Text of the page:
Pandora may not be flavour of the month (decade?) with all publishers and artists over its royalty rates, but it has just struck a direct licensing deal with Merlin, representing the independent label sector.
This is the first direct label deal that Pandora has done and Merlin claims the labels it represents collectively account for 10% of the US streaming market, ideally making this a key plank in growing their share further. (It emerged at the start of the year that Universal Music Publishing Group had signed a direct deal with Pandora in the US in December.)
Merlin CEO Charles Caldas says, “For the independent sector, internet radio is an increasingly important part of the digital market and we want to see it continue to grow – and grow fast.” He adds that the deal is “a hugely important opportunity to increase our members’ revenues and access unparalleled opportunities for exposure, whilst continuing to support a collective licensing framework”.
What that means in practice is that Pandora will “accelerate the discovery of new music” by combining its Music Genome project data with the expertise of the Merlin-affiliated labels. Those labels will also get customised data/insights around Pandora’s 75m+ monthly active users as well as access to communication channels for artists on the platform so they can more directly engage with their listeners.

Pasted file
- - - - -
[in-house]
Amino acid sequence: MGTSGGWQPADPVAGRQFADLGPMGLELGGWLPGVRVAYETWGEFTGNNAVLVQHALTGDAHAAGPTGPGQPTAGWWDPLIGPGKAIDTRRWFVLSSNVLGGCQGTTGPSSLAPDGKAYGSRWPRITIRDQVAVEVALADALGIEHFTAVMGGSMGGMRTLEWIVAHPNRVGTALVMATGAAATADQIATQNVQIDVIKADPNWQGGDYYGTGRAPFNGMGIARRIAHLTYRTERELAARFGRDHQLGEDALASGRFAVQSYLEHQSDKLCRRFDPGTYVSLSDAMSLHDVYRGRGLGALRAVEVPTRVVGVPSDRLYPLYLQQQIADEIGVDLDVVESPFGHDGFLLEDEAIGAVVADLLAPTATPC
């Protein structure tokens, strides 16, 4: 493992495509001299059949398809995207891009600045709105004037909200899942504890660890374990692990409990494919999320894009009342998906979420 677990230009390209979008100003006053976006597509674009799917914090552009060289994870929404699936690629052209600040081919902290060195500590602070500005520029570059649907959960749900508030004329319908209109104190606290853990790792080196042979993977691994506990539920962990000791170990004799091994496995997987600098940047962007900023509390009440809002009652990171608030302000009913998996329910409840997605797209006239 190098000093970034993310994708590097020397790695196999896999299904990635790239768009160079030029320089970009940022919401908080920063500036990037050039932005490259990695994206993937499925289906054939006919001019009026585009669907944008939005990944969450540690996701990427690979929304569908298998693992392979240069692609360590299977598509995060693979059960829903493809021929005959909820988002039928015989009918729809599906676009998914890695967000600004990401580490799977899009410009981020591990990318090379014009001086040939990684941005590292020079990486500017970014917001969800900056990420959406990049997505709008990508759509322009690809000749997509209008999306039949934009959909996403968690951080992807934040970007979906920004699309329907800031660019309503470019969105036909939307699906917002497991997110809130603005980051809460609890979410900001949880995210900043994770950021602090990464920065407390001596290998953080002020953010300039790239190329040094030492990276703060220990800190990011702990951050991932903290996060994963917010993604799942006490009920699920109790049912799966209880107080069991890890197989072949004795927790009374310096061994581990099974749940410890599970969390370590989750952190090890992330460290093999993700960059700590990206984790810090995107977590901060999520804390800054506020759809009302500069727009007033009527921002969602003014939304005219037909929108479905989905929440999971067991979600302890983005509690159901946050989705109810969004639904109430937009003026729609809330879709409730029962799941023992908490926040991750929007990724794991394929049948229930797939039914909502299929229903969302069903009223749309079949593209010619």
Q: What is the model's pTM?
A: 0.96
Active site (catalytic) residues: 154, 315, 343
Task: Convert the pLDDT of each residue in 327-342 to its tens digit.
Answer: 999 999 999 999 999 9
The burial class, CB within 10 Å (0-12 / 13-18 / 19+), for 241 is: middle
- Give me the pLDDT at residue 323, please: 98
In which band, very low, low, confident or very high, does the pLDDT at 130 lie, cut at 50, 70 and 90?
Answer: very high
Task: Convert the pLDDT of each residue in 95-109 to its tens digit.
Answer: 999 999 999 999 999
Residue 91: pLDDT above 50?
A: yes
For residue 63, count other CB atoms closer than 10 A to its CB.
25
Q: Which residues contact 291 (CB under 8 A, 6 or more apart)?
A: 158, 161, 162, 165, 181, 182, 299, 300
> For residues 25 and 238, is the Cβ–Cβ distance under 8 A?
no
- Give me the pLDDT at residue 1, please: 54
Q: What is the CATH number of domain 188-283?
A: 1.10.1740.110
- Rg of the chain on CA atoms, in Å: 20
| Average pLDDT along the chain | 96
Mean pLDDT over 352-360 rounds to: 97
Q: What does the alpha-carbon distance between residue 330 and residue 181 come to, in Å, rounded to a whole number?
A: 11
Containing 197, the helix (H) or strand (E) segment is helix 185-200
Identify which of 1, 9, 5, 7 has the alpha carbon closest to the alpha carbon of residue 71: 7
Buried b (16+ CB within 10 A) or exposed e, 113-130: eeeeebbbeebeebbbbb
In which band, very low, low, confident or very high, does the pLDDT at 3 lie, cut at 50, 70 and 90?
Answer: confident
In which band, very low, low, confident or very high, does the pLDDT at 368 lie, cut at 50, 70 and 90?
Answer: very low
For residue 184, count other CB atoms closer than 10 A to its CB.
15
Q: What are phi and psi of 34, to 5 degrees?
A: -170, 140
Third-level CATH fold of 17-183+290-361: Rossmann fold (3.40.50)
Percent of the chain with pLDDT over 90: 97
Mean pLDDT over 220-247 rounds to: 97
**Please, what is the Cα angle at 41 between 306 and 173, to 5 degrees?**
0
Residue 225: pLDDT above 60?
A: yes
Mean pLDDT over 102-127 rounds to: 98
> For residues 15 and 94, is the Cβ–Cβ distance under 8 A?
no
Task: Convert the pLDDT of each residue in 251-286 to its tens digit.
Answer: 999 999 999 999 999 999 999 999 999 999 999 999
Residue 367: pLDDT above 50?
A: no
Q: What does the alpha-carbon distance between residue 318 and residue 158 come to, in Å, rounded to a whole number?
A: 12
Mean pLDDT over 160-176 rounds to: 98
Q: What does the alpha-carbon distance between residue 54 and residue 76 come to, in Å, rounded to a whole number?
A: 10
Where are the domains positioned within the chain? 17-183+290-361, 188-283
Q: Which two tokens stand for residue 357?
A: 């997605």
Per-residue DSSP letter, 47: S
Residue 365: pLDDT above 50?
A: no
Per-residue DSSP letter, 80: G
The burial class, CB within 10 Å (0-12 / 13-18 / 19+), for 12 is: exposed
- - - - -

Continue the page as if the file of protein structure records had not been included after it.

“It’s a true partnership that will grow our collective businesses, help artists reach larger audiences and give our listeners an even better music discovery experience personalised to their tastes,” added Brian McAndrews, CEO of Pandora.
Financial terms were not disclosed but Merlin claims the labels included in the deal “will see their royalty payments increase significantly”. This deal is, for now, US-only and does not include Australia (the only other market where Pandora is currently live). Merlin has told Music Ally that it will not preclude future expansion at a future date. It will also appoint SoundExchange to distribute artist royalties, saying it “supports collective licensing and the efficiencies that SoundExchange can achieve for the whole music industry”.
Earlier this week it emerged that Pandora was mulling a move into non-music content (such as news and sport) but it has not set a date for when that could be. The company stated last month that it had paid out over $1bn in royalties in its lifetime and that its listening hours in the last quarter were up 29% year-on-year to just over 5bn. Revenue was up 43% year-on-year to $218.9m but net losses stood at $11.7m in the last quarter compared to $6.9m in Q2 2013.
The arrival of iTunes Radio and Samsung’s Milk Music has done little to dent Pandora’s preeminence in the US. But, even with direct deals in place with Merlin and UMPG, it is still fielding growing criticism from others in the rights business – especially after its senior executives cashed in millions of dollars in shares immediately after its IPO in 2011 – so it has a long way to go to get the entire music business on its side.